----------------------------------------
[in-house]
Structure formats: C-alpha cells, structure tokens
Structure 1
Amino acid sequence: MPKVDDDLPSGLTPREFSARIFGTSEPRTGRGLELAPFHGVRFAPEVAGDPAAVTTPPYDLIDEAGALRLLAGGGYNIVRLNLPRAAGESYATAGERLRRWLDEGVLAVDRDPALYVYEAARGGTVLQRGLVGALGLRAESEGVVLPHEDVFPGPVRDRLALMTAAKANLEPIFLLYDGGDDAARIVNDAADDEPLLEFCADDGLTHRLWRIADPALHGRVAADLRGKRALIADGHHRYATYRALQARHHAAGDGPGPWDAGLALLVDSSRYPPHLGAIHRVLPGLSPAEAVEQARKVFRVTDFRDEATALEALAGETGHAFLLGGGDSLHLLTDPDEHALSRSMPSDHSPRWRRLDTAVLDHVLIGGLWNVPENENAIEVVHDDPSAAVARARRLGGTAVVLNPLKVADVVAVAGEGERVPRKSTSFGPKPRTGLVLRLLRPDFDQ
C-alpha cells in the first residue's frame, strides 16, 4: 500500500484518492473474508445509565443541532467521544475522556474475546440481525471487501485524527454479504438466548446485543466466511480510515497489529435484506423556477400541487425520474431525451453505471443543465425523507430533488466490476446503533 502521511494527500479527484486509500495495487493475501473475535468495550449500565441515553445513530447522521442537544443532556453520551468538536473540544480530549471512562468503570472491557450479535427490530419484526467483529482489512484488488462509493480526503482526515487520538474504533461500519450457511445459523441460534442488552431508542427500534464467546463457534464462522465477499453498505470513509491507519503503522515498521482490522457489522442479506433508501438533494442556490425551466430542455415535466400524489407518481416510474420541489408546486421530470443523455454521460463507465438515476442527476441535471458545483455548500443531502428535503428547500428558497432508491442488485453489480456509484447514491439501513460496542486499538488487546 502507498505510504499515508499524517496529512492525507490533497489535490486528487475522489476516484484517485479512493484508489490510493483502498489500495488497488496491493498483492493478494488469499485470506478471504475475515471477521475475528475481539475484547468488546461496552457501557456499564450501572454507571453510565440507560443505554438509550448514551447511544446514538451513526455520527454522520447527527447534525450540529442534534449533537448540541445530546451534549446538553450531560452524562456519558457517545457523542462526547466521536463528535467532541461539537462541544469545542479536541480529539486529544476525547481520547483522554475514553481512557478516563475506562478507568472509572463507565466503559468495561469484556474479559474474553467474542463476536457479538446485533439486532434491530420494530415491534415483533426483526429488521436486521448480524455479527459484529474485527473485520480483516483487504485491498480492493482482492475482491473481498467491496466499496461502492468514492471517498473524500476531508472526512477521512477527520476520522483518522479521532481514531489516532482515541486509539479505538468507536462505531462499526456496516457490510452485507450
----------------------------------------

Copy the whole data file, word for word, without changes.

[in-house]
Structure formats: C-alpha cells, structure tokens
Structure 1
Amino acid sequence: MPKVDDDLPSGLTPREFSARIFGTSEPRTGRGLELAPFHGVRFAPEVAGDPAAVTTPPYDLIDEAGALRLLAGGGYNIVRLNLPRAAGESYATAGERLRRWLDEGVLAVDRDPALYVYEAARGGTVLQRGLVGALGLRAESEGVVLPHEDVFPGPVRDRLALMTAAKANLEPIFLLYDGGDDAARIVNDAADDEPLLEFCADDGLTHRLWRIADPALHGRVAADLRGKRALIADGHHRYATYRALQARHHAAGDGPGPWDAGLALLVDSSRYPPHLGAIHRVLPGLSPAEAVEQARKVFRVTDFRDEATALEALAGETGHAFLLGGGDSLHLLTDPDEHALSRSMPSDHSPRWRRLDTAVLDHVLIGGLWNVPENENAIEVVHDDPSAAVARARRLGGTAVVLNPLKVADVVAVAGEGERVPRKSTSFGPKPRTGLVLRLLRPDFDQ
C-alpha cells in the first residue's frame, strides 16, 4: 500500500484518492473474508445509565443541532467521544475522556474475546440481525471487501485524527454479504438466548446485543466466511480510515497489529435484506423556477400541487425520474431525451453505471443543465425523507430533488466490476446503533 502521511494527500479527484486509500495495487493475501473475535468495550449500565441515553445513530447522521442537544443532556453520551468538536473540544480530549471512562468503570472491557450479535427490530419484526467483529482489512484488488462509493480526503482526515487520538474504533461500519450457511445459523441460534442488552431508542427500534464467546463457534464462522465477499453498505470513509491507519503503522515498521482490522457489522442479506433508501438533494442556490425551466430542455415535466400524489407518481416510474420541489408546486421530470443523455454521460463507465438515476442527476441535471458545483455548500443531502428535503428547500428558497432508491442488485453489480456509484447514491439501513460496542486499538488487546 502507498505510504499515508499524517496529512492525507490533497489535490486528487475522489476516484484517485479512493484508489490510493483502498489500495488497488496491493498483492493478494488469499485470506478471504475475515471477521475475528475481539475484547468488546461496552457501557456499564450501572454507571453510565440507560443505554438509550448514551447511544446514538451513526455520527454522520447527527447534525450540529442534534449533537448540541445530546451534549446538553450531560452524562456519558457517545457523542462526547466521536463528535467532541461539537462541544469545542479536541480529539486529544476525547481520547483522554475514553481512557478516563475506562478507568472509572463507565466503559468495561469484556474479559474474553467474542463476536457479538446485533439486532434491530420494530415491534415483533426483526429488521436486521448480524455479527459484529474485527473485520480483516483487504485491498480492493482482492475482491473481498467491496466499496461502492468514492471517498473524500476531508472526512477521512477527520476520522483518522479521532481514531489516532482515541486509539479505538468507536462505531462499526456496516457490510452485507450